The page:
“[Palm’s] lyrical prose swims intelligently through reflection and memory. . . . By laying bare the most intimate traverses of her own mind, Palm guides us towards empathy, asking readers to consider the depths of our compassion.”Brevity Magazine

“Palm shows her flaws unabashedly. This is a person you want to know, or maybe you feel like you come to know her, to love her even. This is a beautiful story of coping, survival. . . . She tells the most satisfying story of unrequited love that I’ve ever encountered.”Hazel & Wren

Riverine is lyrical, surprising, and evocative, and one of the year's most powerful memoirs.”Largehearted Boy

“With a probing curiosity for the topography of both the land and the mind, Angela Palm maps out a world of deep quiet, loneliness, and sudden violence. Riverine reminds us that, while their land may be flat, the lives of those who populate our prairies and flood plains are anything but.”—Will Boast, author of Epilogue

“Angela Palm delivers a lyrical story—we come of age with her as she navigates a complicated landscape within and surrounding her. She breaks rules in life. She breaks rules on the page. Language is her essence here. There are sentences so arresting, I paused and paused and paused to absorb them.”—Molly Caro May, author of The Map of Enough

“Angela Palm’s Riverine is the stuff good memoir is made of: a personal narrative rich in metaphor and insight that finds meaning in those memories that confused us as children, made us squirm as adults. A truly lovely book crafted with exquisite language.”—Domingo Martinez, author of The Boy Kings of Texas

Riverine is a stop-and-think kind of book, and a stay-up-all-night kind of book, as well, a quest for a place that isn’t quite there, but that grows more real page by page, even as we rush to flee it. Angela Palm offers a fresh voice and shows us the heartland we’re least likely to hear about, those fruited plains dotted with prisons and parties and families that don’t quite fly, even as these chapters soar. A beautiful book, heartfelt but literary, blunt but poetic, moving and wise, funny, too. And best of all, a river runs through it.”—Bill Roorbach, author of Temple Stream and Life Among Giants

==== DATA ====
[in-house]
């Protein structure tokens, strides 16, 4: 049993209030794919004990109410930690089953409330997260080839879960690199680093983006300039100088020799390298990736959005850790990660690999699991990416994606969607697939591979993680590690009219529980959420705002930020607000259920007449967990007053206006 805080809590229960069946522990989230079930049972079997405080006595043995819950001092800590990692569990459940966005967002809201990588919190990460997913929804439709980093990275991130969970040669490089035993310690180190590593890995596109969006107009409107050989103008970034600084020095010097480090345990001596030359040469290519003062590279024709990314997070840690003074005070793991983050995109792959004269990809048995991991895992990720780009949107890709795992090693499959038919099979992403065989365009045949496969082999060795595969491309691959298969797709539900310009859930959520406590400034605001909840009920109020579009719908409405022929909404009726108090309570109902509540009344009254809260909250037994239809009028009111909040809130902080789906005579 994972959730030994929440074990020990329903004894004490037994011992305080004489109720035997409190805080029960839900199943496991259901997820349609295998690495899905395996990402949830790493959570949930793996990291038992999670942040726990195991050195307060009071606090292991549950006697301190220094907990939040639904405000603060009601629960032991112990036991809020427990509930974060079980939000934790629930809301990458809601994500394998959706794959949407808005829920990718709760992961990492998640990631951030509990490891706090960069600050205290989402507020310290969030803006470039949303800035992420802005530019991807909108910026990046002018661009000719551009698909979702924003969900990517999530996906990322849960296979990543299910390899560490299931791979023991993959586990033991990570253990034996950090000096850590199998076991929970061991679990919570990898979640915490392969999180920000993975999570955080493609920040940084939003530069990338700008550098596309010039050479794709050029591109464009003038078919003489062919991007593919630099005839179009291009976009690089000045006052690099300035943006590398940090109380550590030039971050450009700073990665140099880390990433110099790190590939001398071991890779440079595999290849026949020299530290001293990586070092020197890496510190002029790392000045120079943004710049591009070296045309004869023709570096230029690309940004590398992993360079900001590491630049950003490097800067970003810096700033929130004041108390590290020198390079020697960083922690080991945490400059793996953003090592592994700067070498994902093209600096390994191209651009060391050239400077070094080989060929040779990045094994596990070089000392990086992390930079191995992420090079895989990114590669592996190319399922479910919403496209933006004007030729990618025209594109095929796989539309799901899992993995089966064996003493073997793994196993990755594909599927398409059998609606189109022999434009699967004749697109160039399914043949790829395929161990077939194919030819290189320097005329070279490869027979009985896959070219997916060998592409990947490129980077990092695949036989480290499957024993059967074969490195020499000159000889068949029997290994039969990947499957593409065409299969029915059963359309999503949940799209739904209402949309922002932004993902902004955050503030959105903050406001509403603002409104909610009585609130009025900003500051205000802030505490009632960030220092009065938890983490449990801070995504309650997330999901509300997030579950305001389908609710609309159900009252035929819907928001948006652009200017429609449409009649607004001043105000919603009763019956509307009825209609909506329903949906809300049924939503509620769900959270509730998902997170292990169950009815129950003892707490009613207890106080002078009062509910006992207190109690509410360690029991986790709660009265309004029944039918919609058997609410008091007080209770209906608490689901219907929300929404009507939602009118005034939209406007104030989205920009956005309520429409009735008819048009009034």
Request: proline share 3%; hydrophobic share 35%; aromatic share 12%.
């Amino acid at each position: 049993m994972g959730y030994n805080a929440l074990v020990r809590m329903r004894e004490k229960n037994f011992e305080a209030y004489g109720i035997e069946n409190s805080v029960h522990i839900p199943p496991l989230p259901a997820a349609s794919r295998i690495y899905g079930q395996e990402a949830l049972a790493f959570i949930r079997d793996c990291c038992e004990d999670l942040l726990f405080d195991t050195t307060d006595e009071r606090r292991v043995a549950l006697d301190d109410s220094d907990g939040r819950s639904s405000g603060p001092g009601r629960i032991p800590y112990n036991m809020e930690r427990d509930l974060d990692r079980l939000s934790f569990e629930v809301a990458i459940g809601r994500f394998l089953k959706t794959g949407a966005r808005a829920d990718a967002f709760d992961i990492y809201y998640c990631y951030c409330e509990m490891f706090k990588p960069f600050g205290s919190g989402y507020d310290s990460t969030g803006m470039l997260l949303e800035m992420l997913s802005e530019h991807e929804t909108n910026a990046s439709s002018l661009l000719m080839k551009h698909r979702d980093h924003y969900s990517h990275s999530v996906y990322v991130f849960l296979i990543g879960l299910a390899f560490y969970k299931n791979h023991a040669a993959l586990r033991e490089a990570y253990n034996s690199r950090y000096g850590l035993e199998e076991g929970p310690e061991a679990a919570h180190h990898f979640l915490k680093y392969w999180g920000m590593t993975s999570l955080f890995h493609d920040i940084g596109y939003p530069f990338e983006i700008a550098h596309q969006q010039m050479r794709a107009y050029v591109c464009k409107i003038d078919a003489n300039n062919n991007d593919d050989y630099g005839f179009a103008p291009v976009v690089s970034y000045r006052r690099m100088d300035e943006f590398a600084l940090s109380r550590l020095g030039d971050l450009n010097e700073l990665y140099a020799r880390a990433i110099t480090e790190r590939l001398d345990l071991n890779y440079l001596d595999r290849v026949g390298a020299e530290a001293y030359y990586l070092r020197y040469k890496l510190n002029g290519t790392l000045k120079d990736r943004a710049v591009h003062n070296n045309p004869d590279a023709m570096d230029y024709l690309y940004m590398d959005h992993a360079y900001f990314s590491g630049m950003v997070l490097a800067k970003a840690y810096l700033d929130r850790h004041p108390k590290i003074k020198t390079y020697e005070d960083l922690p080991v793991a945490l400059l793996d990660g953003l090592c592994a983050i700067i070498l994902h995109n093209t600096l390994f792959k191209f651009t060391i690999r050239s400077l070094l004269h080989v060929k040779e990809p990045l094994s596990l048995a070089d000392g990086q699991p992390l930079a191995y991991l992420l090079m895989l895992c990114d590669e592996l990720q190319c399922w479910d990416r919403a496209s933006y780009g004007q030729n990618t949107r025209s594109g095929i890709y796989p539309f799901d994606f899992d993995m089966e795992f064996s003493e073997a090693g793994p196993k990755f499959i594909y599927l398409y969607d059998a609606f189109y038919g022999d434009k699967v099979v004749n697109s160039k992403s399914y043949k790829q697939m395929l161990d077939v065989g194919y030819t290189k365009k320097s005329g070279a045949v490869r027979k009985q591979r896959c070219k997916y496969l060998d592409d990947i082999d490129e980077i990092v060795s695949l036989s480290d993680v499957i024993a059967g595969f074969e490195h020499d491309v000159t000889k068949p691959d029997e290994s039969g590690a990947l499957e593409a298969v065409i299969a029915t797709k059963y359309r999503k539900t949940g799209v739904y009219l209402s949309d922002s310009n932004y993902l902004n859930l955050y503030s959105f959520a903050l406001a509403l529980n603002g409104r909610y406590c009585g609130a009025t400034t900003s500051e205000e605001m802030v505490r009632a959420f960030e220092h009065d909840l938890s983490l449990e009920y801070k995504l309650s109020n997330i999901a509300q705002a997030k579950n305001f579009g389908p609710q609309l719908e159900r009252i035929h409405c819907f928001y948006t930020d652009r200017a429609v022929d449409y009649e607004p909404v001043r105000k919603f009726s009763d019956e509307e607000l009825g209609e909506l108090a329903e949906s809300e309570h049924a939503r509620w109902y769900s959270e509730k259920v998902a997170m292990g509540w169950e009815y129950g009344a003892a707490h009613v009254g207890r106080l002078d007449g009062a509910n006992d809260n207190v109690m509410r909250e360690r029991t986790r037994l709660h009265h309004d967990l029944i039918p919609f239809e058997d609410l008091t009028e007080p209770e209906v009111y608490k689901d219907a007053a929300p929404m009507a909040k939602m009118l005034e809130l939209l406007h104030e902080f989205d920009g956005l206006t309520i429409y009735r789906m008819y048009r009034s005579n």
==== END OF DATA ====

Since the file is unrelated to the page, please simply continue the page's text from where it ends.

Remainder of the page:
“Riverine digs deep into the soil of the past—river soil, corn field soil, flooded soil and stubborn soil—to find not only the roots of the future, in all of its mysterious convolutions and divergences, but also the possibility of futures that never came to pass. Angela Palm’s gorgeous candor sings urgently through these pages, her prose a tuning fork offering frequencies I’d never heard before.”—Leslie Jamison

“It sounds so trite to say, but I just fell in love with this book. And with Angela Palm, the Every Girl at the center of the story, with her observations on family and the stickiness of your hometown and neighborhood—you want so bad to leave, but when you do, you can't stop thinking about what's missing. About what you left behind. The boy you left behind. The boy who left you. Without spoiling it, Angela's journey towards and away from and eventually back to Corey, the love of her young girl's heart, honestly brought me to tears. It's one of those memoirs that brings your own memories, your own past, up to the surface as you read her recollections, her regrets, sorrow, and the joy. God, it just broke my heart over and over again.”—Stef Schmidt, Water St. Books, Exeter, NH

“Haunting and surprising, and yet immediately relatable, Angela Palm’s striking memoir sinks its roots deep into its readers, and holds fast. Everything ordinary, Palm reveals, is extraordinary—tragic, profound, amusing, brutal—when examined up close. In reflecting on her own formative years, growing up ‘between points on the map’ in small-town Indiana, she paints a measured but unforgettable portrait of the forces that break us free of our origins, and of those that inevitably call us back.”—Sam Kaas, Village Books, Bellingham, WA

“With Riverine, Angela Palm's probing intelligence sinks deeply into her past, especially the places and people that have shaped her personality, surfacing to show us what time has changed, and what's remained the same. She writes with disarming lucidity about the complexities of memory, community, family, the ties that bind, and the ties that come apart. Of her brother, Palm writes, ‘His mind didn't wake up with “Why?” in it like mine did.’ Why does life, and love, conspire to thwart Palm's kidhood dreams of escape? Why doesn't the center hold? Why write about it? Riverine's readers will be glad to meet Palm's inquiring mind, and grateful for the elegance of her answer.”—John Francisconi, at Bank Square Books, Mystic, CT